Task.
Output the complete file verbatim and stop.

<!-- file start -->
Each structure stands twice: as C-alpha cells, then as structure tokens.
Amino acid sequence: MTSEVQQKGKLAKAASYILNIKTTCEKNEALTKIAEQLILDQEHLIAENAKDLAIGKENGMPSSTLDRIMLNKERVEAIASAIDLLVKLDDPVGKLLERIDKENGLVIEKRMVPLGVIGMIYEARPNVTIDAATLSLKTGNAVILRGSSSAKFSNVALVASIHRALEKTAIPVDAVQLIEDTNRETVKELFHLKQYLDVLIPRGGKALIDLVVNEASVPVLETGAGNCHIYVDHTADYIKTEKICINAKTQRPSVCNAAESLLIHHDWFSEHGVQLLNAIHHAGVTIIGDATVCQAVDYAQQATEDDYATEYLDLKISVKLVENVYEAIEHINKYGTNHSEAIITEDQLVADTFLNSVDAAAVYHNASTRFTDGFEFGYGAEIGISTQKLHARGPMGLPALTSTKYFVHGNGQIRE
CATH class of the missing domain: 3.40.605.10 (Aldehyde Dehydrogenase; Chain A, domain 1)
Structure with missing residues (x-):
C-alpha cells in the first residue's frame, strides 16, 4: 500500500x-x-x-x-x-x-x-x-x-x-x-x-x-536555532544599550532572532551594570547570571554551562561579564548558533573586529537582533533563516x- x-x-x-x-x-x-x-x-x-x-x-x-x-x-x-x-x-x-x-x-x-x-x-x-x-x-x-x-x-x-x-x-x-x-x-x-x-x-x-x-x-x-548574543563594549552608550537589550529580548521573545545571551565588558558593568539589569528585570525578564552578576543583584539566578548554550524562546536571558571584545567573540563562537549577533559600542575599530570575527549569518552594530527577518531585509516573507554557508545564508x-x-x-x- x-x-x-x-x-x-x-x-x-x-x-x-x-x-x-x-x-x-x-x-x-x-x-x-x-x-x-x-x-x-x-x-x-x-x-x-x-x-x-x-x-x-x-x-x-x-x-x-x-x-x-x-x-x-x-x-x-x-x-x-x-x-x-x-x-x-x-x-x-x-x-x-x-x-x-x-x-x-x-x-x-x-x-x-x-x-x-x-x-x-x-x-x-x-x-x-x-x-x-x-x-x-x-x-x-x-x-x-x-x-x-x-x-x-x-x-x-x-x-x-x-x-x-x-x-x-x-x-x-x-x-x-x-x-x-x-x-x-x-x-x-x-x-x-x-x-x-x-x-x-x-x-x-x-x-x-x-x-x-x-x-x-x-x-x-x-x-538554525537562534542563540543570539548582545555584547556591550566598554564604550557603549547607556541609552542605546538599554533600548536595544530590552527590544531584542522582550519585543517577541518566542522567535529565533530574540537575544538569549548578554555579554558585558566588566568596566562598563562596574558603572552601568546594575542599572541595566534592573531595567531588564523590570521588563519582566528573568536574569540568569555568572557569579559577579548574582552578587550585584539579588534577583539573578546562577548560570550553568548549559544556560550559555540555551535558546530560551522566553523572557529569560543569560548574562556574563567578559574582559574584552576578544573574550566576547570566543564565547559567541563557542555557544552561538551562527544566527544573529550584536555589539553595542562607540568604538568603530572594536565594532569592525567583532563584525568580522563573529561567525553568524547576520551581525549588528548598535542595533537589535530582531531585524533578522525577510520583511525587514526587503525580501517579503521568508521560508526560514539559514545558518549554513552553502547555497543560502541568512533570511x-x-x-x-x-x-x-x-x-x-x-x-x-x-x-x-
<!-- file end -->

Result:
Each structure stands twice: as C-alpha cells, then as structure tokens.
Amino acid sequence: MTSEVQQKGKLAKAASYILNIKTTCEKNEALTKIAEQLILDQEHLIAENAKDLAIGKENGMPSSTLDRIMLNKERVEAIASAIDLLVKLDDPVGKLLERIDKENGLVIEKRMVPLGVIGMIYEARPNVTIDAATLSLKTGNAVILRGSSSAKFSNVALVASIHRALEKTAIPVDAVQLIEDTNRETVKELFHLKQYLDVLIPRGGKALIDLVVNEASVPVLETGAGNCHIYVDHTADYIKTEKICINAKTQRPSVCNAAESLLIHHDWFSEHGVQLLNAIHHAGVTIIGDATVCQAVDYAQQATEDDYATEYLDLKISVKLVENVYEAIEHINKYGTNHSEAIITEDQLVADTFLNSVDAAAVYHNASTRFTDGFEFGYGAEIGISTQKLHARGPMGLPALTSTKYFVHGNGQIRE
CATH class of the missing domain: 3.40.605.10 (Aldehyde Dehydrogenase; Chain A, domain 1)
Structure with missing residues (x-):
C-alpha cells in the first residue's frame, strides 16, 4: 500500500x-x-x-x-x-x-x-x-x-x-x-x-x-536555532544599550532572532551594570547570571554551562561579564548558533573586529537582533533563516x- x-x-x-x-x-x-x-x-x-x-x-x-x-x-x-x-x-x-x-x-x-x-x-x-x-x-x-x-x-x-x-x-x-x-x-x-x-x-x-x-x-x-548574543563594549552608550537589550529580548521573545545571551565588558558593568539589569528585570525578564552578576543583584539566578548554550524562546536571558571584545567573540563562537549577533559600542575599530570575527549569518552594530527577518531585509516573507554557508545564508x-x-x-x- x-x-x-x-x-x-x-x-x-x-x-x-x-x-x-x-x-x-x-x-x-x-x-x-x-x-x-x-x-x-x-x-x-x-x-x-x-x-x-x-x-x-x-x-x-x-x-x-x-x-x-x-x-x-x-x-x-x-x-x-x-x-x-x-x-x-x-x-x-x-x-x-x-x-x-x-x-x-x-x-x-x-x-x-x-x-x-x-x-x-x-x-x-x-x-x-x-x-x-x-x-x-x-x-x-x-x-x-x-x-x-x-x-x-x-x-x-x-x-x-x-x-x-x-x-x-x-x-x-x-x-x-x-x-x-x-x-x-x-x-x-x-x-x-x-x-x-x-x-x-x-x-x-x-x-x-x-x-x-x-x-x-x-x-x-x-x-538554525537562534542563540543570539548582545555584547556591550566598554564604550557603549547607556541609552542605546538599554533600548536595544530590552527590544531584542522582550519585543517577541518566542522567535529565533530574540537575544538569549548578554555579554558585558566588566568596566562598563562596574558603572552601568546594575542599572541595566534592573531595567531588564523590570521588563519582566528573568536574569540568569555568572557569579559577579548574582552578587550585584539579588534577583539573578546562577548560570550553568548549559544556560550559555540555551535558546530560551522566553523572557529569560543569560548574562556574563567578559574582559574584552576578544573574550566576547570566543564565547559567541563557542555557544552561538551562527544566527544573529550584536555589539553595542562607540568604538568603530572594536565594532569592525567583532563584525568580522563573529561567525553568524547576520551581525549588528548598535542595533537589535530582531531585524533578522525577510520583511525587514526587503525580501517579503521568508521560508526560514539559514545558518549554513552553502547555497543560502541568512533570511x-x-x-x-x-x-x-x-x-x-x-x-x-x-x-x-